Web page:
If you’re over 50 there’s a good chance that on November 20, 1983, you were one of the over 100 million people who tuned in to the ABC-TV broadcast of The Day After, a made-for-TV fictional account the effects of a nuclear war on the U.S., shot in and centering on the midwestern town of Lawrence, Kansas before, during, and after the bombing. You also might’ve also watched the post-airing discussion with a panel that included Henry Kissinger and Carl Sagan. The timing was perfect. Increasing nuclear buildup through President Ronald Reagan’s “peace through strength” philosophy generated what-ifs, fear, and protests.
With great detail, Jeff Daniels combines interviews with the film’s director Nicholas Meyer, screenwriter Edward Hume, ABC-TV executives, residents of Lawrence where the film was shot, and many others with production footage, news footage covering the hype, and clips from the film, to trace a story of statement-making versus network censorship. The film chronicles disagreements on the set, the White House’s concern, the long-lasting effect on the townspeople of Lawrence, and the determination of the producers to get the film aired. This truly was a “television event” that generated controversy before its airing, riveted audiences, and left an impact in an unstable time.—Brian Gordon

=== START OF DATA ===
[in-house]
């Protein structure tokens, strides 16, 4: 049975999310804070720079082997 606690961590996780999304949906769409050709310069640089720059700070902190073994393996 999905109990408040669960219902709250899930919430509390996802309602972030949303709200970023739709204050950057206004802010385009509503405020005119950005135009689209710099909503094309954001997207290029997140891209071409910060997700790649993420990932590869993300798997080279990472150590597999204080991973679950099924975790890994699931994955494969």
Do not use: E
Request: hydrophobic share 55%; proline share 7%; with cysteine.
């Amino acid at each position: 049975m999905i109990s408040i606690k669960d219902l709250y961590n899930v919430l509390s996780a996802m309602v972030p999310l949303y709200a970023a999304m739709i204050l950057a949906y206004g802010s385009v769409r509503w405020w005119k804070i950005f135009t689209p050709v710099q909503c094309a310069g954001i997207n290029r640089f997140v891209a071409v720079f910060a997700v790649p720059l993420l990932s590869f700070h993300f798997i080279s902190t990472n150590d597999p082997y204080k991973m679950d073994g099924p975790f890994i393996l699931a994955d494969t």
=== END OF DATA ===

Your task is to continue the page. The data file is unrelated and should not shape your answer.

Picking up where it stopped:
Jeff Daniels makes award-winning, narrative-driven documentaries about divisive social issues. He is best known for The 10 Conditions of Love, which made international headlines when the Chinese government condemned all international screenings for exposing the arbitrary imprisonment of their Muslim minority, the Uyghur.